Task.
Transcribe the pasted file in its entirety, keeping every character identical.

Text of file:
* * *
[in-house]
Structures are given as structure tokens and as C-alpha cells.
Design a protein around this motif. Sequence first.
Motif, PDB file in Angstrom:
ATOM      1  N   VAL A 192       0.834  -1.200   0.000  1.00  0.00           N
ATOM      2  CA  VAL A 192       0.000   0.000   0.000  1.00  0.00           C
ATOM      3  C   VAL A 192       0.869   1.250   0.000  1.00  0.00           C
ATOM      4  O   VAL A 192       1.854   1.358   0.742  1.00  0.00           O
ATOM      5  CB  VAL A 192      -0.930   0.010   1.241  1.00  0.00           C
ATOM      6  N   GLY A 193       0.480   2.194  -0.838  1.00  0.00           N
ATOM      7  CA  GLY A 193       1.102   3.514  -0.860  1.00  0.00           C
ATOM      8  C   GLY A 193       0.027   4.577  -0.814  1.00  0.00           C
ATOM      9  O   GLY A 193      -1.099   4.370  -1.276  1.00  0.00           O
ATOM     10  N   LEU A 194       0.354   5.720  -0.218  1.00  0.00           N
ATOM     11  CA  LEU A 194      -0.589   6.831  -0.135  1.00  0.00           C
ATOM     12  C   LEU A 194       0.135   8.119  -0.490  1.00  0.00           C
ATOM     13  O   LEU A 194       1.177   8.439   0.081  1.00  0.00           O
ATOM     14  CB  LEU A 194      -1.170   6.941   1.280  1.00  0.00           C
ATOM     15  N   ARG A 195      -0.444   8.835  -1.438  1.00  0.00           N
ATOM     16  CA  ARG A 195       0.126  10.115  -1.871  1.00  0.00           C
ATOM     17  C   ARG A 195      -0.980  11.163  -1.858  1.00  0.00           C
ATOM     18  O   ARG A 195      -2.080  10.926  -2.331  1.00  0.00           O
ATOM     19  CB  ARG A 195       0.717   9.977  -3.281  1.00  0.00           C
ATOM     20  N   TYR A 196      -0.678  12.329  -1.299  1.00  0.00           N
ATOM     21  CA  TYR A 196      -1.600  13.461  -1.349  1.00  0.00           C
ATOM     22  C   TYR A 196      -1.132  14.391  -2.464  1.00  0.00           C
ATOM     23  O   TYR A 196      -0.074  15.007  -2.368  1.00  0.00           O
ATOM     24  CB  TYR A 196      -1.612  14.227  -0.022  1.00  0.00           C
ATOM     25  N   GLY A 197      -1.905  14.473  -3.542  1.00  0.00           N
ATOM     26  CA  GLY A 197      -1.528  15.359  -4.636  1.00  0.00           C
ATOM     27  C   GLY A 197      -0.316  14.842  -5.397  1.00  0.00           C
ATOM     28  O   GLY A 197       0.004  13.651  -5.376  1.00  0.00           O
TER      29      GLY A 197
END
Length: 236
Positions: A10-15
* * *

[in-house]
Structures are given as structure tokens and as C-alpha cells.
Design a protein around this motif. Sequence first.
Motif, PDB file in Angstrom:
ATOM      1  N   VAL A 192       0.834  -1.200   0.000  1.00  0.00           N
ATOM      2  CA  VAL A 192       0.000   0.000   0.000  1.00  0.00           C
ATOM      3  C   VAL A 192       0.869   1.250   0.000  1.00  0.00           C
ATOM      4  O   VAL A 192       1.854   1.358   0.742  1.00  0.00           O
ATOM      5  CB  VAL A 192      -0.930   0.010   1.241  1.00  0.00           C
ATOM      6  N   GLY A 193       0.480   2.194  -0.838  1.00  0.00           N
ATOM      7  CA  GLY A 193       1.102   3.514  -0.860  1.00  0.00           C
ATOM      8  C   GLY A 193       0.027   4.577  -0.814  1.00  0.00           C
ATOM      9  O   GLY A 193      -1.099   4.370  -1.276  1.00  0.00           O
ATOM     10  N   LEU A 194       0.354   5.720  -0.218  1.00  0.00           N
ATOM     11  CA  LEU A 194      -0.589   6.831  -0.135  1.00  0.00           C
ATOM     12  C   LEU A 194       0.135   8.119  -0.490  1.00  0.00           C
ATOM     13  O   LEU A 194       1.177   8.439   0.081  1.00  0.00           O
ATOM     14  CB  LEU A 194      -1.170   6.941   1.280  1.00  0.00           C
ATOM     15  N   ARG A 195      -0.444   8.835  -1.438  1.00  0.00           N
ATOM     16  CA  ARG A 195       0.126  10.115  -1.871  1.00  0.00           C
ATOM     17  C   ARG A 195      -0.980  11.163  -1.858  1.00  0.00           C
ATOM     18  O   ARG A 195      -2.080  10.926  -2.331  1.00  0.00           O
ATOM     19  CB  ARG A 195       0.717   9.977  -3.281  1.00  0.00           C
ATOM     20  N   TYR A 196      -0.678  12.329  -1.299  1.00  0.00           N
ATOM     21  CA  TYR A 196      -1.600  13.461  -1.349  1.00  0.00           C
ATOM     22  C   TYR A 196      -1.132  14.391  -2.464  1.00  0.00           C
ATOM     23  O   TYR A 196      -0.074  15.007  -2.368  1.00  0.00           O
ATOM     24  CB  TYR A 196      -1.612  14.227  -0.022  1.00  0.00           C
ATOM     25  N   GLY A 197      -1.905  14.473  -3.542  1.00  0.00           N
ATOM     26  CA  GLY A 197      -1.528  15.359  -4.636  1.00  0.00           C
ATOM     27  C   GLY A 197      -0.316  14.842  -5.397  1.00  0.00           C
ATOM     28  O   GLY A 197       0.004  13.651  -5.376  1.00  0.00           O
TER      29      GLY A 197
END
Length: 236
Positions: A10-15